A High Salt Diet Increases Renal Nitrotyrosine Formation and Urinary Excretion of F2-Isoprostanes and Protein in Dahl Salt-Sensitive Rats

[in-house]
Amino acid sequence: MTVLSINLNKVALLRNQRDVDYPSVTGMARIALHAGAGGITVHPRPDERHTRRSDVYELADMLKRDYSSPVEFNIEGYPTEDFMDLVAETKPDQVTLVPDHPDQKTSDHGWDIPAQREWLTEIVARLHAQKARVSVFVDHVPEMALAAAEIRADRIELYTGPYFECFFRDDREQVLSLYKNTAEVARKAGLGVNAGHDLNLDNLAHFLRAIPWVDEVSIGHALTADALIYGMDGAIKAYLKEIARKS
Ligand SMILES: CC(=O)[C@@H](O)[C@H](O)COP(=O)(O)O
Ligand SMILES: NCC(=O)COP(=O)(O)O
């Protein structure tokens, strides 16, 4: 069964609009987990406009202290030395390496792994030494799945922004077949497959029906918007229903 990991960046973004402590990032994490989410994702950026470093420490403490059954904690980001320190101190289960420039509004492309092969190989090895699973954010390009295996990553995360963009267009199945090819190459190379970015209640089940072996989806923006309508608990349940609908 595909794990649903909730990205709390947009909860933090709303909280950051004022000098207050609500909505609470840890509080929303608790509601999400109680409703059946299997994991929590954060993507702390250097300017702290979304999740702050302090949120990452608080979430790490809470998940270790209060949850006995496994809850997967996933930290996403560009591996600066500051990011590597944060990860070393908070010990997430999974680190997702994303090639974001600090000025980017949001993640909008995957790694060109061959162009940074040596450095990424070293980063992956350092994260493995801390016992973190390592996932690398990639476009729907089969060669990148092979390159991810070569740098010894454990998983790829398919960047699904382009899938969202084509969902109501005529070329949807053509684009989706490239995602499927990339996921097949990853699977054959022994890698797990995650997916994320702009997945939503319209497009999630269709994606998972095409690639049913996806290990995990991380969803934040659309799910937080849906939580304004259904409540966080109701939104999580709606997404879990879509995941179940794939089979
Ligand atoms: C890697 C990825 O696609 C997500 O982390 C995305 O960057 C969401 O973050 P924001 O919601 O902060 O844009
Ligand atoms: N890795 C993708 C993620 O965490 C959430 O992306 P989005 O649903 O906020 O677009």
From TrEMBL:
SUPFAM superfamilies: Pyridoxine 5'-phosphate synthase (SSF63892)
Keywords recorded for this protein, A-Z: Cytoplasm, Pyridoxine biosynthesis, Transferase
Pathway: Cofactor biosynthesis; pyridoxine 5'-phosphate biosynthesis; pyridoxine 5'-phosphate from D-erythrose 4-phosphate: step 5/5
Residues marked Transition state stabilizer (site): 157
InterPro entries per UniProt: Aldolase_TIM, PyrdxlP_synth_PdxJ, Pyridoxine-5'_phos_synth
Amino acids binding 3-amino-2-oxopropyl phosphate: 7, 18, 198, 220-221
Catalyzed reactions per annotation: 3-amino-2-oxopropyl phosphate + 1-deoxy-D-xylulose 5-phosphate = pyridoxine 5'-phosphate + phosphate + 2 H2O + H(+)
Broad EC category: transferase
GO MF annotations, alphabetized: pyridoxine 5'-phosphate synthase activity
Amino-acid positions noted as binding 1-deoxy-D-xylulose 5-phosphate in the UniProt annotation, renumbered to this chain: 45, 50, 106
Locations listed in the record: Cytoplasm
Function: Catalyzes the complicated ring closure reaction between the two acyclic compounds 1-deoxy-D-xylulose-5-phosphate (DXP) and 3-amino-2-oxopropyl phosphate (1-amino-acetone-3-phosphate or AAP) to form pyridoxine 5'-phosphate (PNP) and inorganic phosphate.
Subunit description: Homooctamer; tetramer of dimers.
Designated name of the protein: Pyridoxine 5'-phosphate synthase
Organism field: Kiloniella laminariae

Superoxide formation causes tissue injury in many disease processes, and interaction between superoxide and nitric oxide forms peroxynitrite, a very strong oxidant. An index of peroxynitrite damage to tissues is nitrotyrosine formation. Also, F2-isoprostanes have been shown to be a reliable marker of oxidative stress in vivo. Recently, oxidative stress was shown to contribute to the maintenance of hypertension in the SHR; however, whether oxidative stress is involved in the renal damage that occurs in Dahl salt-sensitive (S) hypertension is not clear. Our goal was to determine the role of oxidative stress in the renal damage that occurs in Dahl S/Rapp rats on high Na intake by determining the urinary excretion of F2-isoprostanes and renal nitrotyrosine formation and determining urinary protein excretion as an index of renal damage. Studies were conducted in S rats on a low salt (0.3% NaCl) or a high salt (8% NaCl) diet for 3 weeks. After 3 weeks urine was collected continuously for 24 hours, and urinary F2-isoprostane concentration was measured with a gas chromatography/mass spectrometric assay. Renal nitrotyrosine formation was determined by immunohistochemistry and urinary protein excretion by the Bradford method. We found that high Na intake significantly increased urinary F2-isoprostane excretion to 24.2±1.7 ng/day compared with 9.7±0.8 ng/day in rats on a low Na diet, P<0.05. Renal glomerular nitrotyrosine was prevalent in the high Na group compared to the low Na group. Urinary protein excretion was 274±32 mg/day in high Na rats and 55±11 mg/day in low Na rats, P<0.05. The results suggest that oxidative stress is significantly increased in Dahl S rats on a high salt diet, which possibly contributes to the progression of renal damage.